The Namaqua Dove (Oena capensis) is a pigeon which is a widespread resident breeding bird in Africa south of the Sahara Desert and Madagascar. Its range also extends into the Arabian peninsula and southern Israel and Jordan. It is the only species in the genus Oena.
This species is found in near desert with acacia and bushes. It builds a stick nest in a bush, and lays two white eggs, which are incubated for 16 days in typical pigeon fashion; the female at night and early morning and the male from mid morning till late afternoon. Its flight is fast with clipped beats and it tends to stay quite low.
Namaqua Dove is a tiny House Sparrow-sized pigeon, typically 22cm in length with a 28-33cm wingspan, and weighing 40g. It has a very long black tapered tail, and the size and shape have led to comparison with the Budgerigar. The plumage is mostly grey apart from a white belly, and chestnut primary feathers which are visible in flight.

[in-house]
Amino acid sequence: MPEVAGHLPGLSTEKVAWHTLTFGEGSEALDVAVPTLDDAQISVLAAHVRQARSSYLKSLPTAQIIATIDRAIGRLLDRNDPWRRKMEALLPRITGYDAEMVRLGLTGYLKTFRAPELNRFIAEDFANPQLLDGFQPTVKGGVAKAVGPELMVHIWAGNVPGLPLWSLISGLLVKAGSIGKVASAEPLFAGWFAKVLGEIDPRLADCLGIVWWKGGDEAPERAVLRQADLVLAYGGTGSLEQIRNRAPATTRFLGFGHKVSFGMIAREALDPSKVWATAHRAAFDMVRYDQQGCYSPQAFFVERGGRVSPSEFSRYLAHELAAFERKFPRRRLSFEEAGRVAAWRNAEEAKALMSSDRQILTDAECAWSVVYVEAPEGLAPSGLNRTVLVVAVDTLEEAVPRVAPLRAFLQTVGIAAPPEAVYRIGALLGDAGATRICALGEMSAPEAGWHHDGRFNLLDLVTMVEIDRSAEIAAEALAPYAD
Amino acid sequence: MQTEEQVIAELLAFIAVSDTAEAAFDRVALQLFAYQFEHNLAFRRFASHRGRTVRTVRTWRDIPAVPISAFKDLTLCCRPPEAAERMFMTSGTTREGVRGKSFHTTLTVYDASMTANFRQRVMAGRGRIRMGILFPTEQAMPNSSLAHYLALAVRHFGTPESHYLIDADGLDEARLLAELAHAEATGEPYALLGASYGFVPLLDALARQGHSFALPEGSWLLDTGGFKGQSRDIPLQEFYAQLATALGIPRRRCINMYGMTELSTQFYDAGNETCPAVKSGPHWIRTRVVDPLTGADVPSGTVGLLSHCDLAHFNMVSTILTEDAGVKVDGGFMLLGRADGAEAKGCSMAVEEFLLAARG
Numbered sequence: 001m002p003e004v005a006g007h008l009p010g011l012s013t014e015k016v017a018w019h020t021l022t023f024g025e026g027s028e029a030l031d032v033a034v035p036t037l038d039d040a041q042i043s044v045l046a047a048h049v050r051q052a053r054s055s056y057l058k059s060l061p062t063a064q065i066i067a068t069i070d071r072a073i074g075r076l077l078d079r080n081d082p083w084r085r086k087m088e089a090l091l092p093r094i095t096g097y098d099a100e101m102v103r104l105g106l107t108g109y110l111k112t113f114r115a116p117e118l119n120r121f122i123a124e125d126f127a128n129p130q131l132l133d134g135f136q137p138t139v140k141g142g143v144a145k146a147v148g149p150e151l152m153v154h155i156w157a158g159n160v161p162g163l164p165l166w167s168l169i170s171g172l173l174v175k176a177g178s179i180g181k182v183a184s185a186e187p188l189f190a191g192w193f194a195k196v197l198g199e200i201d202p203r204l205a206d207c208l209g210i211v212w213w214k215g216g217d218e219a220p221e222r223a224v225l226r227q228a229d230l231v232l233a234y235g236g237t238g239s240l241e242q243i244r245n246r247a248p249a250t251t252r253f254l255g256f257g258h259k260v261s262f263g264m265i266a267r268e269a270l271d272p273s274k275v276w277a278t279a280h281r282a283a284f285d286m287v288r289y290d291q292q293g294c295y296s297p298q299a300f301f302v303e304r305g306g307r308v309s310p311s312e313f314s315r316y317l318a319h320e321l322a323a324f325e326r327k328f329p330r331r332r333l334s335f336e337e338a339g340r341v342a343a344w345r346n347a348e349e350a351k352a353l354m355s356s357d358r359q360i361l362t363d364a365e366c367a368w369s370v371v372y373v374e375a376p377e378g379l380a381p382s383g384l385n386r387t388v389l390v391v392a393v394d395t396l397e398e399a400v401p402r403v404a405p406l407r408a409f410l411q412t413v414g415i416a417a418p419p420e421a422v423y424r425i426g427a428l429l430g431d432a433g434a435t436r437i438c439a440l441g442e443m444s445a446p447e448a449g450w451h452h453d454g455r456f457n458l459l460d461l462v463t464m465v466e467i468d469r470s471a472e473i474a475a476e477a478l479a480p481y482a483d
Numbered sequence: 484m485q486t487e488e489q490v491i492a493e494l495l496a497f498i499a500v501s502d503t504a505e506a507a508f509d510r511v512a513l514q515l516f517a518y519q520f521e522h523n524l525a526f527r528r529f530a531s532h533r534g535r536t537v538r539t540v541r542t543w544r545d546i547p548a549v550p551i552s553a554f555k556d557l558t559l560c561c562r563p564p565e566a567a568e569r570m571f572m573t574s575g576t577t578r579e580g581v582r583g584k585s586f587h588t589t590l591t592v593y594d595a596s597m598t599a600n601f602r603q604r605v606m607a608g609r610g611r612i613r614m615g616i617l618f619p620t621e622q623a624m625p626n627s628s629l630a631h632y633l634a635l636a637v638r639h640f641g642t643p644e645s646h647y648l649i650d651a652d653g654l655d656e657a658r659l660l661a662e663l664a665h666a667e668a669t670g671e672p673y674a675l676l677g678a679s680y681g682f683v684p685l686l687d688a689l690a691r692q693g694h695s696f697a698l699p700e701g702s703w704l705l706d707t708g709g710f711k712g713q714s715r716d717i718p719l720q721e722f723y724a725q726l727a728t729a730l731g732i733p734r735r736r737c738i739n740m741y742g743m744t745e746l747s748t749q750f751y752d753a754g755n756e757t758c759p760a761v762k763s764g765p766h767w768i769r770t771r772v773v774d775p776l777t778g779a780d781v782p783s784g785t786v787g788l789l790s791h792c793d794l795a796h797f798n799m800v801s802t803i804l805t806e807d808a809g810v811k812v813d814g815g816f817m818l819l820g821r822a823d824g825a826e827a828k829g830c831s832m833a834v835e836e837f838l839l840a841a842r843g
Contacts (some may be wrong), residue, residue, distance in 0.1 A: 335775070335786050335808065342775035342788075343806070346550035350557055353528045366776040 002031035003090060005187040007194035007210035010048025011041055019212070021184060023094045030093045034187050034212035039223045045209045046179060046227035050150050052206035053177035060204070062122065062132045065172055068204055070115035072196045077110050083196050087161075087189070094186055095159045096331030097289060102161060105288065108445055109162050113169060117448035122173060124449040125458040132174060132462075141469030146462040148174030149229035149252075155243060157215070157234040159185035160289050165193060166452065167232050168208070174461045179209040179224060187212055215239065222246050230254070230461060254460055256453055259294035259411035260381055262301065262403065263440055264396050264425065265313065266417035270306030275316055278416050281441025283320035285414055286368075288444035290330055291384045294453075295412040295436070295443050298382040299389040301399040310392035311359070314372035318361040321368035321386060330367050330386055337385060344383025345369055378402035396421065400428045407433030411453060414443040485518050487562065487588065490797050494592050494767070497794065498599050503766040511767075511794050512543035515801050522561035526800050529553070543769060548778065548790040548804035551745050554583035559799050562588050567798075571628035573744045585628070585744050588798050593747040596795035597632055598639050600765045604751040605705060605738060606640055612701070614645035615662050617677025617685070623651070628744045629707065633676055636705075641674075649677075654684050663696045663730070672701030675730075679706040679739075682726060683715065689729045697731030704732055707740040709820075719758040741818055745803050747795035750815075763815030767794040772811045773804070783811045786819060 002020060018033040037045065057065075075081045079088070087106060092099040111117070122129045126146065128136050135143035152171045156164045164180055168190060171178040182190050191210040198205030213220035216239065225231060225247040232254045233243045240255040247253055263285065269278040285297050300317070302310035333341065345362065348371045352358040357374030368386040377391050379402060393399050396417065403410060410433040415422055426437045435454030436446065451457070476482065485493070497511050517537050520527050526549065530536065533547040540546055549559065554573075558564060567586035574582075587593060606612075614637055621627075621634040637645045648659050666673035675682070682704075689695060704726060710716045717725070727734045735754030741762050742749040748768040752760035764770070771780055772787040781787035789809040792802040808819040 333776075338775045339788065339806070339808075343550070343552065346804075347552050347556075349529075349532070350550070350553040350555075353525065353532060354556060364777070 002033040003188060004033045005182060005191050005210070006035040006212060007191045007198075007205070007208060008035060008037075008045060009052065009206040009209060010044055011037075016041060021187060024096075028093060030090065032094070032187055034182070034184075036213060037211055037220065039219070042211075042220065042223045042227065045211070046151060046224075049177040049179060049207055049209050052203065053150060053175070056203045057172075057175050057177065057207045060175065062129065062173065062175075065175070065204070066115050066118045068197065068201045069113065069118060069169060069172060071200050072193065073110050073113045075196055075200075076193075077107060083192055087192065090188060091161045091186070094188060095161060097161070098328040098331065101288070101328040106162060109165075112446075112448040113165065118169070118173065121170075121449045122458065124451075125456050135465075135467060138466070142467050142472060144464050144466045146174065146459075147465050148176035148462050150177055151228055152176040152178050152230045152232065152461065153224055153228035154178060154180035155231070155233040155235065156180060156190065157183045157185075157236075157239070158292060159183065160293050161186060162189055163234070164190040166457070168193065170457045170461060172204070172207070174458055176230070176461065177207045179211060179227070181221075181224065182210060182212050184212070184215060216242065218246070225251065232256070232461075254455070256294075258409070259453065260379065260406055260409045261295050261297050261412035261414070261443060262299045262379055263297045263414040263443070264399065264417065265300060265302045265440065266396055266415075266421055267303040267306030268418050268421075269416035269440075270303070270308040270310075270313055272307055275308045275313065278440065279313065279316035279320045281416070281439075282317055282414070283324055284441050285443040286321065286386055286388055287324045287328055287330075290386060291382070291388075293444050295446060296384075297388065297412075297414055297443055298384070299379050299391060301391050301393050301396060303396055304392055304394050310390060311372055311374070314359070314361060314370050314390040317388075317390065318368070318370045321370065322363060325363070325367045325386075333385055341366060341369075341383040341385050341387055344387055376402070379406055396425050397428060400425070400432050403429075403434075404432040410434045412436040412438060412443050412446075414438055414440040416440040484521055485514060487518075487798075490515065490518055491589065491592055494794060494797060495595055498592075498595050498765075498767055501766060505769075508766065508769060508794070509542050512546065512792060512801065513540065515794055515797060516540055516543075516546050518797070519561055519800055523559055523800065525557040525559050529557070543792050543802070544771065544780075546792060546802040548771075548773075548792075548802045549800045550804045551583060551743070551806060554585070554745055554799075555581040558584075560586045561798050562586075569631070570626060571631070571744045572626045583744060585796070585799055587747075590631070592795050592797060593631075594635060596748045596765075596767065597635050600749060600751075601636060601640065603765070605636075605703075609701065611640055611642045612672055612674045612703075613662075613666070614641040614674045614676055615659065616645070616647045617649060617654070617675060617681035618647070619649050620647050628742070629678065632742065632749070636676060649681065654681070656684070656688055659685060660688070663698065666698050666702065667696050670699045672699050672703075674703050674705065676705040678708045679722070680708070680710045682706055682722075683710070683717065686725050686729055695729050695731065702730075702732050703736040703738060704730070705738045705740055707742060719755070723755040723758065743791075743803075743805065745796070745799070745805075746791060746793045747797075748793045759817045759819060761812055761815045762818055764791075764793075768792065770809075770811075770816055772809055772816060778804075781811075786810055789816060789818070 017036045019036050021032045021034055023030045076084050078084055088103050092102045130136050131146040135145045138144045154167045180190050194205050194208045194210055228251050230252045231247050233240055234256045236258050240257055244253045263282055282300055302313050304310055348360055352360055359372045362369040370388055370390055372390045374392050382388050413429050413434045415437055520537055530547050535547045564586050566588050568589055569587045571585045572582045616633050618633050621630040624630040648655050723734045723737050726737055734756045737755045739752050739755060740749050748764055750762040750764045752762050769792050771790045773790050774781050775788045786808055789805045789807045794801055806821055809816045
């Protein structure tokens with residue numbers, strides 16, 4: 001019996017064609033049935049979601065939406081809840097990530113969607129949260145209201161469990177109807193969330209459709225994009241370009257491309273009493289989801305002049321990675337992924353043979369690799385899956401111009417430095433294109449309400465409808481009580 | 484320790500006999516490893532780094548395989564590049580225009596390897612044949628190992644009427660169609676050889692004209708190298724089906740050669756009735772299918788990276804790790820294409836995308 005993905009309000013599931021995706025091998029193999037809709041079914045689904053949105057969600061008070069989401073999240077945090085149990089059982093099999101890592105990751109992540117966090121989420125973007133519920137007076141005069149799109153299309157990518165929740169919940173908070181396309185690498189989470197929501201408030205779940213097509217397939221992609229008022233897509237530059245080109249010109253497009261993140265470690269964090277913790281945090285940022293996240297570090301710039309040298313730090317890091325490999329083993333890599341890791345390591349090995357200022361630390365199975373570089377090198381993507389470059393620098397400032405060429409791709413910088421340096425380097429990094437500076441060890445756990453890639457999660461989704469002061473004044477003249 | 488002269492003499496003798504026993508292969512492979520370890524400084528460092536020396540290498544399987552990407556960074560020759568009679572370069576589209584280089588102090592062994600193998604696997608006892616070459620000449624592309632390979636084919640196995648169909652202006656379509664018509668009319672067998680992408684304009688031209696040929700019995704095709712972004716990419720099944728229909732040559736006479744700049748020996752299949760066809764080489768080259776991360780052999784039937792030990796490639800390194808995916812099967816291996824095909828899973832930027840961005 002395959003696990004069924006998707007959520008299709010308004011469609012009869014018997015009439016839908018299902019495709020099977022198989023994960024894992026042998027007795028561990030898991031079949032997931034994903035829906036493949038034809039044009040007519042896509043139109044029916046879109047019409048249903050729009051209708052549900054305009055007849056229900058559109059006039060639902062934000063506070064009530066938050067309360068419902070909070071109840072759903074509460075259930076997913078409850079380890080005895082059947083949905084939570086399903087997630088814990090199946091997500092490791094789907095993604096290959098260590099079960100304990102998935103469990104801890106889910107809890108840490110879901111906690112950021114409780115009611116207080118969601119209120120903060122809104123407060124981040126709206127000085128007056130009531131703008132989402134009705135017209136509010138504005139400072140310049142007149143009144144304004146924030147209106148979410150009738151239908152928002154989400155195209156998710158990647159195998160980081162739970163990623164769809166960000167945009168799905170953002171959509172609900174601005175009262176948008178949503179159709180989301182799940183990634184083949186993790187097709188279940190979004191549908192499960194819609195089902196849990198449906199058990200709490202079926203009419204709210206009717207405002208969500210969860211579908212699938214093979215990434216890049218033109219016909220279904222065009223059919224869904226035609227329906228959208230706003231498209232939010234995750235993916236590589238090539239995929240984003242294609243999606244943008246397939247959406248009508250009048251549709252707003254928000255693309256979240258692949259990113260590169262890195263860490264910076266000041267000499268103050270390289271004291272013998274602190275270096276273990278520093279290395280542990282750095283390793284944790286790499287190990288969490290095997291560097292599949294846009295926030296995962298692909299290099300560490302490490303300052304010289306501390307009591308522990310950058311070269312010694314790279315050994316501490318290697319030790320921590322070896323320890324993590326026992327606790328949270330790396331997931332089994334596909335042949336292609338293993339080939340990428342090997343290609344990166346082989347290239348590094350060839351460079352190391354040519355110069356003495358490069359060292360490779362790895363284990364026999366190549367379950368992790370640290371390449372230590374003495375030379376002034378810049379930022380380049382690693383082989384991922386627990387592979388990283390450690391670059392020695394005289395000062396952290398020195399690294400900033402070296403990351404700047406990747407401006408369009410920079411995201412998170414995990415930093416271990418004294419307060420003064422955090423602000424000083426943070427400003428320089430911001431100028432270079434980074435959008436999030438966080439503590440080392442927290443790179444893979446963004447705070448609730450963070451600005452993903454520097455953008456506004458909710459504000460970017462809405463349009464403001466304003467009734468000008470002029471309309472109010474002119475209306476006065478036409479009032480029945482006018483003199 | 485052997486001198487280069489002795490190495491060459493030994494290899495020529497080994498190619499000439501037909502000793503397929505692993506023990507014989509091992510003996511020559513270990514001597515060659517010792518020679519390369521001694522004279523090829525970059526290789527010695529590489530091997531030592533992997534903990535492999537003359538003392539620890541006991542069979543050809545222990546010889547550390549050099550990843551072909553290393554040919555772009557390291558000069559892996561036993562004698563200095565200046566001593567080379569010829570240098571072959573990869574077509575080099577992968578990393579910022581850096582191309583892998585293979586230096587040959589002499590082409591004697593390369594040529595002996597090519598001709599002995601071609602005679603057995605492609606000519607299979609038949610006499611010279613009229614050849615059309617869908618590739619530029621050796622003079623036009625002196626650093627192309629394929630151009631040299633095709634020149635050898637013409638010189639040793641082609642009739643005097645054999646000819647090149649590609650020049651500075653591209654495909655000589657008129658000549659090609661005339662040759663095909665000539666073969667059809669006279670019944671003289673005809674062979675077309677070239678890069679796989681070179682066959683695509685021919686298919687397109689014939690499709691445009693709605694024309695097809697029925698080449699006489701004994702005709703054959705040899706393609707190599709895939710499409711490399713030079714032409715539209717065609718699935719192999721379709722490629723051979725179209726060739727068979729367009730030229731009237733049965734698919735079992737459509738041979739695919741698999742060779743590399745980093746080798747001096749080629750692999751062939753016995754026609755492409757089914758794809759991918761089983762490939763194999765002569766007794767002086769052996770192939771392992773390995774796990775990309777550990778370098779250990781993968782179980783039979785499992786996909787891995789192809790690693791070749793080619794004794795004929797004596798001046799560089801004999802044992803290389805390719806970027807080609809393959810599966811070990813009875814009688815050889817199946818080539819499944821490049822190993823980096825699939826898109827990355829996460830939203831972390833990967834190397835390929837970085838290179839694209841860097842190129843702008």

The adult male has a black face, throat and breast, and a yellow and red bill. The adult female Namaqua Dove lacks the black and has a red-based grey bill. Young birds are dark blotched on the wings and shoulders, and otherwise resemble the females.
The song is a quiet, short, double hoo, higher on the longer second note kuh-whooo, mournful and frequently repeated.
Namaqua Doves are quite terrestrial, and usually forage on open ground and roadsides. The food is almost exclusively minute seeds, such as seeds of grasses, sedges and weeds.
They are not very gregarious, and are usually solitary or in pairs, but form larger flocks at waterholes.